Democrat Gov. Phil Murphy and Republican challenger Jack Ciattarelli, former state assemblyman, faced off on Oct. 12 in the second and final debate before the Nov. 2 gubernatorial election.
With three weeks left to campaign, both parties saw this debate as an opportunity to win over voters. Murphy, seeking his re-election, has seen his lead in the polls narrow since the first debate, which focused on Covid, taxes and state policies.
However, a Stockton University poll from Sept. 29 indicates that Murphy is leading Ciattarelli 50%-41%, considering that voters’ top priority concerns pandemic responses and measures. Ciattarelli is seen as the ideal candidate for handling tax policy, according to 46% of voters; only 38% would prefer Murphy for that issue. The results showed a tie for who would better manage the economy.
As the two stood on Rowan University’s campus this past Tuesday, clashes continued, but largely over mask mandates. Ciattarelli has historically criticized the Democrat for implementing what he suggests are restrictive vaccination and mask requirements.
“The choice is theirs,” Ciattarelli said. “I think when times are as challenging as these — I’ve never said the pandemic is easy, it’s not — I think the best way to get as much cooperation as you possibly can is to find policy that works for a majority of people.”
Murphy defended his administration’s approach to the health crisis, arguing that Ciattarelli’s disapproval does not align with the opinions of New Jersey residents. “The tragedy today is there is a playbook. We know vaccines work. We know masking works,” Murphy said. “For folks to ignore that [and] disregard that playbook is putting lives needlessly at risk.”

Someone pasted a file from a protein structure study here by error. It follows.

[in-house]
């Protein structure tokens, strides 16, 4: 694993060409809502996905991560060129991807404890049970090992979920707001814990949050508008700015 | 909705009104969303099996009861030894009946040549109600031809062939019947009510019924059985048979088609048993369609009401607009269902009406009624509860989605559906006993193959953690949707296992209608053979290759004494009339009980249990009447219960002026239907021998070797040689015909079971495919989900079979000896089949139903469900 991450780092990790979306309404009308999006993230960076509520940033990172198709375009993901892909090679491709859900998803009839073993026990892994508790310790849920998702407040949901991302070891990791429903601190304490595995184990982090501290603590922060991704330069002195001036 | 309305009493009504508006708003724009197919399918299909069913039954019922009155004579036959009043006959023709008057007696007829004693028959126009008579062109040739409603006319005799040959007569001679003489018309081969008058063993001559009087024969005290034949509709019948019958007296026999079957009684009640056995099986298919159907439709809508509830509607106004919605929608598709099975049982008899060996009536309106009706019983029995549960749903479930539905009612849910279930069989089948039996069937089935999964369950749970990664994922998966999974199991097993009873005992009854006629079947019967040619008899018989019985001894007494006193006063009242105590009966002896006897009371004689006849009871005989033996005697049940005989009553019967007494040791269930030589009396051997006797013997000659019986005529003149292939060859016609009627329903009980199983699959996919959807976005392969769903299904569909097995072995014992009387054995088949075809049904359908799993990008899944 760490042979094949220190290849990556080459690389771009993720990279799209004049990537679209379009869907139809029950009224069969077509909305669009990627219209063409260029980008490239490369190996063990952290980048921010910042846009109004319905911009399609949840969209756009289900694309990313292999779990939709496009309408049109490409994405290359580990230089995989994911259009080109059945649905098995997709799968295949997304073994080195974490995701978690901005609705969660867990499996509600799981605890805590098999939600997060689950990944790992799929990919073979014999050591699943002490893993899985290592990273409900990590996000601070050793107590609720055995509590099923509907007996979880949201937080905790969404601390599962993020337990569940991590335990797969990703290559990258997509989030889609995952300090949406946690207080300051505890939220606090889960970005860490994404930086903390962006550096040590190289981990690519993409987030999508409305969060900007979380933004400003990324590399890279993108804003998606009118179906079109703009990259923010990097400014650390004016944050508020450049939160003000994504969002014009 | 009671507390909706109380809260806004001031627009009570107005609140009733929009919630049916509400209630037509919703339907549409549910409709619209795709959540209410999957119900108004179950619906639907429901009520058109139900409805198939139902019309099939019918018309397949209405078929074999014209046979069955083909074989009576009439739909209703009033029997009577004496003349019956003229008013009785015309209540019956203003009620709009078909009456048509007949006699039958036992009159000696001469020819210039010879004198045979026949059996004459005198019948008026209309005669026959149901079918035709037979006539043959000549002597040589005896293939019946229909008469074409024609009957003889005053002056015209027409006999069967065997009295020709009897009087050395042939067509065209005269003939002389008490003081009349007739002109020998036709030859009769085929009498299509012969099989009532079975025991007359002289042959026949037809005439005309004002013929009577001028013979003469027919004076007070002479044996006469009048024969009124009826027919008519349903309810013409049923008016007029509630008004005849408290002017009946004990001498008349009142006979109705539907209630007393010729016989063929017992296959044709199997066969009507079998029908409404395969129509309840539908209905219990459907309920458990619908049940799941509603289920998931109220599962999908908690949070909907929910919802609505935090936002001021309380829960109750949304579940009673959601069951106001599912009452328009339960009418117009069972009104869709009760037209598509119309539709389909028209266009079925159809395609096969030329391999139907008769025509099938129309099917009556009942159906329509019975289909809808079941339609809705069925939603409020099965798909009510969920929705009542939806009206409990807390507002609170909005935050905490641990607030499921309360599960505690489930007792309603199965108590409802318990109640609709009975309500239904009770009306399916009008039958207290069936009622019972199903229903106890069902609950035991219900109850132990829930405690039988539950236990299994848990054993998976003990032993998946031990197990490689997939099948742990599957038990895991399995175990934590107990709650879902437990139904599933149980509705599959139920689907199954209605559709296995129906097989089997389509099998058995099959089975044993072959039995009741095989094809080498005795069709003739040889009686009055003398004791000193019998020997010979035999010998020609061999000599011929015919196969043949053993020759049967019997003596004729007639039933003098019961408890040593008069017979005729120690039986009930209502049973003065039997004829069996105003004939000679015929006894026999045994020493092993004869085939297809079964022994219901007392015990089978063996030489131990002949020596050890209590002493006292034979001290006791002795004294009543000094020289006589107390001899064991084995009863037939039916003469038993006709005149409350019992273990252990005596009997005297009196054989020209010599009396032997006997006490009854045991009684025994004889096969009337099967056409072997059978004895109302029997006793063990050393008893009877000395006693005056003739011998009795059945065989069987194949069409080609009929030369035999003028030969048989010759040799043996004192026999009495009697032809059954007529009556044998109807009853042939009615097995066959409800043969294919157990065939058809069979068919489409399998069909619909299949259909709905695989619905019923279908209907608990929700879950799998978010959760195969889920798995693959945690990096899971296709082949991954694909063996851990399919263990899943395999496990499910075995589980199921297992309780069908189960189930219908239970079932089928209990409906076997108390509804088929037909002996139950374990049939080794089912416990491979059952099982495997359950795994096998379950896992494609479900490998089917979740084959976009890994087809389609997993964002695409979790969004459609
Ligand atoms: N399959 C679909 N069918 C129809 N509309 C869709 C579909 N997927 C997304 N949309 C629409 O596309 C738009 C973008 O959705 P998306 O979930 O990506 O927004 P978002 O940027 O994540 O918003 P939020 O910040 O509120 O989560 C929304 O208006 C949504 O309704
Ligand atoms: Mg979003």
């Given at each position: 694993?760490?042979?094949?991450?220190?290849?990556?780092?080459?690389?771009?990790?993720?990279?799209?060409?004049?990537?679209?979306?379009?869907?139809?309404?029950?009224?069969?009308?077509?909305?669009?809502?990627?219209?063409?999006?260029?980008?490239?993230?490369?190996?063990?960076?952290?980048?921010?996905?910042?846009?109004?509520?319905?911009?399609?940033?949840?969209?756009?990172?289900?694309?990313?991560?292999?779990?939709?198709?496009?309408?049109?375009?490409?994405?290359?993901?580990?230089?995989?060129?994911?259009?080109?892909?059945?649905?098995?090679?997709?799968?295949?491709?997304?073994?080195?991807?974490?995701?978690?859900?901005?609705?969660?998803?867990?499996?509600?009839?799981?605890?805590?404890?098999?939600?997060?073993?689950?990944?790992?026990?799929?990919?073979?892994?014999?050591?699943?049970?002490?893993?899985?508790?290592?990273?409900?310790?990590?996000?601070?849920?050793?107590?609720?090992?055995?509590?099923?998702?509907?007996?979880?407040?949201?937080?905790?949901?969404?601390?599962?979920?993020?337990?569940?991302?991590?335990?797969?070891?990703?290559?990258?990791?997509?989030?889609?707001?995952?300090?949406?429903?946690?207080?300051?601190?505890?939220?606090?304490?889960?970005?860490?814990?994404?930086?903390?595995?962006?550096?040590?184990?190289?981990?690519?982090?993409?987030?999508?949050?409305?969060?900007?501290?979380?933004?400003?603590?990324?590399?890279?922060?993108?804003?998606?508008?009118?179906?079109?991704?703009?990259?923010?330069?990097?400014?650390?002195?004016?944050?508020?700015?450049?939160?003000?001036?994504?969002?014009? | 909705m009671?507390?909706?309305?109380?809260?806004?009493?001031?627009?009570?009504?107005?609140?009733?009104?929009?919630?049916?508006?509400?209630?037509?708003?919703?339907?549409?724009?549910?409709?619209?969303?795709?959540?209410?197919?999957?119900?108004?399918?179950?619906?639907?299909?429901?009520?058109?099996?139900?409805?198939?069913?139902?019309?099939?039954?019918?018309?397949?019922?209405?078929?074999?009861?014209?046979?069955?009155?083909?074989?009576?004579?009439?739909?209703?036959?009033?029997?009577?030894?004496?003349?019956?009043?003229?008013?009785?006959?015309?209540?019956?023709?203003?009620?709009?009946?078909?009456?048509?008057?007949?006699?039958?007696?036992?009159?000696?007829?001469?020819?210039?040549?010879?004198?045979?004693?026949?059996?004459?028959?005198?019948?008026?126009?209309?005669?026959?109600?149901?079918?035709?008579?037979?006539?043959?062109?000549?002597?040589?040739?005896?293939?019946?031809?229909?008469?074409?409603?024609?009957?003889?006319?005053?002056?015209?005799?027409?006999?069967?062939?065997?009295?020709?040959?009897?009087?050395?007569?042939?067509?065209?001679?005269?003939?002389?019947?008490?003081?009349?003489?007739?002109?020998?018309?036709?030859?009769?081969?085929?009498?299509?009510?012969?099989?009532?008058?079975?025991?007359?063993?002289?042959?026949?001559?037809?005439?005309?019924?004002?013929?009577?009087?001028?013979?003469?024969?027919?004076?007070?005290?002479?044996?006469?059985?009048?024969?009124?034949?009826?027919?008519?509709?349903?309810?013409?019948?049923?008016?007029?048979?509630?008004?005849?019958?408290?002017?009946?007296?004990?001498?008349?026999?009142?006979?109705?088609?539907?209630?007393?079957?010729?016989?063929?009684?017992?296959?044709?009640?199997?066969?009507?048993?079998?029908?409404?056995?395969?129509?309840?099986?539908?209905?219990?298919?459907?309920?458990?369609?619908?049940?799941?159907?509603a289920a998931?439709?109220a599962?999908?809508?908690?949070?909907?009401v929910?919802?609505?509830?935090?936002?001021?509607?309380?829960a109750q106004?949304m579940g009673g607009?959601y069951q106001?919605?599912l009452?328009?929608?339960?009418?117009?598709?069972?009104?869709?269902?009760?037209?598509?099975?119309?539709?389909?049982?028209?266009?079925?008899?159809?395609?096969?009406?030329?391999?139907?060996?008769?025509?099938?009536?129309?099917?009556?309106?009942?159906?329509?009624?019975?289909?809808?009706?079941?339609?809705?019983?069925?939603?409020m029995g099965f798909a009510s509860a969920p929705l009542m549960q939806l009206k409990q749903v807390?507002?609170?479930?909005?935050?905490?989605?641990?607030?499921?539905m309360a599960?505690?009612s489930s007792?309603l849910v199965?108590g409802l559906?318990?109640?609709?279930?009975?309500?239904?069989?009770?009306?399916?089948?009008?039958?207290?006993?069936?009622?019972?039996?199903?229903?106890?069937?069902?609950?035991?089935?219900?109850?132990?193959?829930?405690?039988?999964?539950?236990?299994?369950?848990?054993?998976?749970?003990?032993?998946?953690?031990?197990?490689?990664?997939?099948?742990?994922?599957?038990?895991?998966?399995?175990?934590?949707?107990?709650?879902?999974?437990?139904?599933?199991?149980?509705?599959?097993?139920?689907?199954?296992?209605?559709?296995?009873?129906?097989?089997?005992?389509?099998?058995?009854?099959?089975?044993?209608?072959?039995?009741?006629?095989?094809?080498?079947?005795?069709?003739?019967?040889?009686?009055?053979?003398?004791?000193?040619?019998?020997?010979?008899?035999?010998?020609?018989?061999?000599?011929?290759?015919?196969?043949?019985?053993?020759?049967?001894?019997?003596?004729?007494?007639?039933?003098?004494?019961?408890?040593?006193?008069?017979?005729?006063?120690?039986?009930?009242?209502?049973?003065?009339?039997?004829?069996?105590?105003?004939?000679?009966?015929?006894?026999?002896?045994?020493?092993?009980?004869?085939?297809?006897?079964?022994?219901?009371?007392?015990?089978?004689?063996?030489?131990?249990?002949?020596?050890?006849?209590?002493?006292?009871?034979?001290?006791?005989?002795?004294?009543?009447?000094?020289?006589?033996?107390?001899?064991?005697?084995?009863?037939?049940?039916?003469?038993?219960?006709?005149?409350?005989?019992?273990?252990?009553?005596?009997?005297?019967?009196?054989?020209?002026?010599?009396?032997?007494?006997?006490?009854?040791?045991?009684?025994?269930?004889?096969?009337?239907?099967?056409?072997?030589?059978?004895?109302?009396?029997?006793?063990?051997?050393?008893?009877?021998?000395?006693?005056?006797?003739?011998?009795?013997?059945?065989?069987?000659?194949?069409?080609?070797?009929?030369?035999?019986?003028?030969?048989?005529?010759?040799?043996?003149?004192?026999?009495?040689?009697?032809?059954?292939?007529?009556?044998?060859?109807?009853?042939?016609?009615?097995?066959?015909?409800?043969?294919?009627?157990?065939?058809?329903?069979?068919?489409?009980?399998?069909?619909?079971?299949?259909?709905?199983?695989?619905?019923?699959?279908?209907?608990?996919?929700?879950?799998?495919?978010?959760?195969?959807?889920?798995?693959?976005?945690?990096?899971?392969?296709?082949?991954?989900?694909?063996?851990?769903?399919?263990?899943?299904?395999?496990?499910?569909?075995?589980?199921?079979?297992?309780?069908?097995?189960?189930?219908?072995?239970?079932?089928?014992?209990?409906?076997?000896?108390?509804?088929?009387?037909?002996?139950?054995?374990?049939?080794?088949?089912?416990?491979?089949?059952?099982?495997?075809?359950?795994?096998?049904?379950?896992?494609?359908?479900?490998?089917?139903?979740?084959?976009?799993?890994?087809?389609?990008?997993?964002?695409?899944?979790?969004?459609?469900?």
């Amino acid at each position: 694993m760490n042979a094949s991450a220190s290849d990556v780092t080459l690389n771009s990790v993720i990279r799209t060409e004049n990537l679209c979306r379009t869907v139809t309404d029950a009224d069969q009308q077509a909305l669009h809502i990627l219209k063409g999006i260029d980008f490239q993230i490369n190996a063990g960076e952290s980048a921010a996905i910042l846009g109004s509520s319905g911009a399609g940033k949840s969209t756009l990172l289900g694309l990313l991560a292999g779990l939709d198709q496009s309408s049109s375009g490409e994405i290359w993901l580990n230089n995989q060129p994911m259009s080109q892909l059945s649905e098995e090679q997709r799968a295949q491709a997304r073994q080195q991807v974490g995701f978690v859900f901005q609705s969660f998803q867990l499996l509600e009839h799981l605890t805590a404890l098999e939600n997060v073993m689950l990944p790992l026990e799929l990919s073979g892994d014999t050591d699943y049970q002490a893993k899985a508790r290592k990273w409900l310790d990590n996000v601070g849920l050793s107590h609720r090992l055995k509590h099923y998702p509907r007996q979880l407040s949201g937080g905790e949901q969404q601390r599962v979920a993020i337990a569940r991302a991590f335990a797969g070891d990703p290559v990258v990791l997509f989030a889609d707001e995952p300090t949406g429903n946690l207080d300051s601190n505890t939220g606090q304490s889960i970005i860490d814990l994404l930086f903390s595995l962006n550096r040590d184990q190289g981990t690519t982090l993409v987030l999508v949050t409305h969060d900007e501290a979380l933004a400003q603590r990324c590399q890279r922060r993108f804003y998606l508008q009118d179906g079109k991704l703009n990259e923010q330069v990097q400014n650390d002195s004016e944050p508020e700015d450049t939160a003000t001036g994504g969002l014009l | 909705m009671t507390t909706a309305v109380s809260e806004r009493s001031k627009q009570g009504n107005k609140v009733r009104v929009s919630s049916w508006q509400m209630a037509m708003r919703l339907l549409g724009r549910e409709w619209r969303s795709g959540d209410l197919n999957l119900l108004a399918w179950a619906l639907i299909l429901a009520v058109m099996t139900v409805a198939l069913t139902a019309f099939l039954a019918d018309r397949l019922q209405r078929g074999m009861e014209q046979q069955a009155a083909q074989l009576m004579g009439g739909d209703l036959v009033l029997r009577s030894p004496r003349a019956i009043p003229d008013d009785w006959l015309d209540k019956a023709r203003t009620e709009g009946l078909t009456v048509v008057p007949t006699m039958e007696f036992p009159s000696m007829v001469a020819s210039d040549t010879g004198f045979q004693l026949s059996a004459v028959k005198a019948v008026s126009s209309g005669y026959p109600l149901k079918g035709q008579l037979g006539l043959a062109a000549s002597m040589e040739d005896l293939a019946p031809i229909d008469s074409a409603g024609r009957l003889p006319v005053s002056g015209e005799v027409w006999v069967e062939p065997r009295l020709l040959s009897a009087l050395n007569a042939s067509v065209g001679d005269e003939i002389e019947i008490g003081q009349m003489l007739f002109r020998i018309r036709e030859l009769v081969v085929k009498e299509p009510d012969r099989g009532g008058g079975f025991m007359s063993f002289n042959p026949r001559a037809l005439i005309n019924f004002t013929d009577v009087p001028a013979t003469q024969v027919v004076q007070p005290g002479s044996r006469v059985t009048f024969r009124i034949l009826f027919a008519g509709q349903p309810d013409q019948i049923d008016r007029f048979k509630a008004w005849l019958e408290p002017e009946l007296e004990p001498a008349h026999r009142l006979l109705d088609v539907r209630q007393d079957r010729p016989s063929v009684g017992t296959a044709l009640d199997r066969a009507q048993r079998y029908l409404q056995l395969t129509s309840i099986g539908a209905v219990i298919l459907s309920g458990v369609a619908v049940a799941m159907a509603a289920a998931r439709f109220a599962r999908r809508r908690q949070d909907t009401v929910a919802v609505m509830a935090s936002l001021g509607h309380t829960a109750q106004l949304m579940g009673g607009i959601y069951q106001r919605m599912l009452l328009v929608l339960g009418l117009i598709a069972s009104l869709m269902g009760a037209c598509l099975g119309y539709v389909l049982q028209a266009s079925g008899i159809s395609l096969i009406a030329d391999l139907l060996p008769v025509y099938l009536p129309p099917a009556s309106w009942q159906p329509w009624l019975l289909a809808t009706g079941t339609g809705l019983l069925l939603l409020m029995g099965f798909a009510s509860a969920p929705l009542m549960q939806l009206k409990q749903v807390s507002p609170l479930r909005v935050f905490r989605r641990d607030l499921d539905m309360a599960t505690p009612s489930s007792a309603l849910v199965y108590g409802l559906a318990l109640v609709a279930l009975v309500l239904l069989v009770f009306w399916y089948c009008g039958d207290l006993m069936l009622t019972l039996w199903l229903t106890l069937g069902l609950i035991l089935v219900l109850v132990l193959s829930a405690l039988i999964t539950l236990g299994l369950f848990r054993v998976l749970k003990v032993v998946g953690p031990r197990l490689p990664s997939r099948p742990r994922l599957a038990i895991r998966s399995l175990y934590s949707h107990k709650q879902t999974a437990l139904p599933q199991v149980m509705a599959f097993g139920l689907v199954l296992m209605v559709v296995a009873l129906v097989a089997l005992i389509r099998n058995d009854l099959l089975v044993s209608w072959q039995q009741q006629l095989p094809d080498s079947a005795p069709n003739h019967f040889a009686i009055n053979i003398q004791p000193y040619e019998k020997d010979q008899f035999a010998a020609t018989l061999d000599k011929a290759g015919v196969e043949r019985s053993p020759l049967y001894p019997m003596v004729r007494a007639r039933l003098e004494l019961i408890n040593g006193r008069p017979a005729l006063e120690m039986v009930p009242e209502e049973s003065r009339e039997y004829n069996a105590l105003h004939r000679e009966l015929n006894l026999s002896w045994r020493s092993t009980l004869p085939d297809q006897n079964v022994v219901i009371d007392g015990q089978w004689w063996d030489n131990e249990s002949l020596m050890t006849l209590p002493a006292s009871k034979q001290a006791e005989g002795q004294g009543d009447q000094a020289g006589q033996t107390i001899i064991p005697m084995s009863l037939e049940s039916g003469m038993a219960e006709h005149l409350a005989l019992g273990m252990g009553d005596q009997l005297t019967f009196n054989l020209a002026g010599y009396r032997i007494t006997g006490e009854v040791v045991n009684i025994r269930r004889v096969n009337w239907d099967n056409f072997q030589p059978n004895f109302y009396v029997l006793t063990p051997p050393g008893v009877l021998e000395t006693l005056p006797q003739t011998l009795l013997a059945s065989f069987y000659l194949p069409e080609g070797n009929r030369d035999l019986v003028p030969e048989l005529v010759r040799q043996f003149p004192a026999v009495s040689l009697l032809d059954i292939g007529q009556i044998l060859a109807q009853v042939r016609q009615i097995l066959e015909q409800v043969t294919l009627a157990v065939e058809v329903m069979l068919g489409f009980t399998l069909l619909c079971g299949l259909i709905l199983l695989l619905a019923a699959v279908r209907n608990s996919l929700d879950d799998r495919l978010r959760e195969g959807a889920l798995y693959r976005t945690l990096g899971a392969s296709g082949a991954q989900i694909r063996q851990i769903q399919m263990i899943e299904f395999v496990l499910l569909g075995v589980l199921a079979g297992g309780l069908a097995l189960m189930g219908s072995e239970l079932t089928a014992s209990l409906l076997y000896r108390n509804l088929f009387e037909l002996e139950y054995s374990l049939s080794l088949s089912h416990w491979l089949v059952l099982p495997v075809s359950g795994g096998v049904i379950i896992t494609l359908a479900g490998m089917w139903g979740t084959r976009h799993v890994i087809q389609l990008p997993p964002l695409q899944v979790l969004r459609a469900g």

As the conversation segued into state spending, Ciattarelli pointed blame towards Murphy for increasing the size of New Jersey’s annual budget by more than 30%. Ciattarelli then called for a “flatter, more equitable distribution of state aid to schools.”
Murphy explained, however, that changing the current school-aid funding can adversely affect students in New Jersey’s Black and Brown communities. “This is an ‘us’ versus ‘them’ move,” he said. “There’s enormous progress being made in Black and Brown communities where there’s a lot of money being put to work.”
“We inherited a complete, utter mess, and you were there for six years before I was, so we made a $6.905 billion pension payment, the first one in 25 years. We funded public education after you all had underfunded it by $9.2 billion. We’re paying our bills,” Murphy continued.
Ciattarelli refuted, suggesting that New Jersey is “broken,” and advocated for “fix[ing]” the state, though Murphy spoke otherwise. “We’ve done a lot. We’ve come a long way, but our work is not done. We have to keep moving forward,” Murphy said.
In response to a question about Ciattarelli's faithfulness to former President Donald Trump, he explained that he had disagreed with Trump on certain policies, especially on a local level.
"I disagreed with him on where he was wrong on New Jersey," Ciattarelli said. "We don't want offshore drilling; we want funding for the Gateway project; and we want our [state and local tax] deduction back."
Murphy shared this perspective, but when Ciattarelli was asked whether he would accept Trump's endorsement and campaign with him, he did not offer a clear answer.
"I go out there and campaign on my own," Ciattarelli said. "I’ll win my own election."
Polls for the gubernatorial election open between 6 a.m. to 8 p.m on Nov. 2. Early in-person voting begins Oct. 23 and ends Oct. 31.